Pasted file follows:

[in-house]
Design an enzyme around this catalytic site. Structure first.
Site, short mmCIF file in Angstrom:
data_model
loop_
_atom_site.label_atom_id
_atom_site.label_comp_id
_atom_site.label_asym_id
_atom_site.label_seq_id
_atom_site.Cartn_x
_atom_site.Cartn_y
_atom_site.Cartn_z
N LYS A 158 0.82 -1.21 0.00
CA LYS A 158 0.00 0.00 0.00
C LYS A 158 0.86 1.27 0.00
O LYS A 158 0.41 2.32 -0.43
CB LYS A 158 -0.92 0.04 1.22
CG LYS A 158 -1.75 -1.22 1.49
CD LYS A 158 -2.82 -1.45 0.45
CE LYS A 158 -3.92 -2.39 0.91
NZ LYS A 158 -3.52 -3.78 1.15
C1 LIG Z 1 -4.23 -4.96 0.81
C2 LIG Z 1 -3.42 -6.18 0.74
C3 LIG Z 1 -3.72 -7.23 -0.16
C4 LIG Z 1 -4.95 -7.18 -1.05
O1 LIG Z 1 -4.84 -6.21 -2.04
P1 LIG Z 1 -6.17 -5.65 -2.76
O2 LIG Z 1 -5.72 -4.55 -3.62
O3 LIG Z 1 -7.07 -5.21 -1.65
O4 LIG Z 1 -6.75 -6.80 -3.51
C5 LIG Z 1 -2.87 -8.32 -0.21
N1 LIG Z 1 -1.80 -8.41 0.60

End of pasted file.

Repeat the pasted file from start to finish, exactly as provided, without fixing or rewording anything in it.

[in-house]
Design an enzyme around this catalytic site. Structure first.
Site, short mmCIF file in Angstrom:
data_model
loop_
_atom_site.label_atom_id
_atom_site.label_comp_id
_atom_site.label_asym_id
_atom_site.label_seq_id
_atom_site.Cartn_x
_atom_site.Cartn_y
_atom_site.Cartn_z
N LYS A 158 0.82 -1.21 0.00
CA LYS A 158 0.00 0.00 0.00
C LYS A 158 0.86 1.27 0.00
O LYS A 158 0.41 2.32 -0.43
CB LYS A 158 -0.92 0.04 1.22
CG LYS A 158 -1.75 -1.22 1.49
CD LYS A 158 -2.82 -1.45 0.45
CE LYS A 158 -3.92 -2.39 0.91
NZ LYS A 158 -3.52 -3.78 1.15
C1 LIG Z 1 -4.23 -4.96 0.81
C2 LIG Z 1 -3.42 -6.18 0.74
C3 LIG Z 1 -3.72 -7.23 -0.16
C4 LIG Z 1 -4.95 -7.18 -1.05
O1 LIG Z 1 -4.84 -6.21 -2.04
P1 LIG Z 1 -6.17 -5.65 -2.76
O2 LIG Z 1 -5.72 -4.55 -3.62
O3 LIG Z 1 -7.07 -5.21 -1.65
O4 LIG Z 1 -6.75 -6.80 -3.51
C5 LIG Z 1 -2.87 -8.32 -0.21
N1 LIG Z 1 -1.80 -8.41 0.60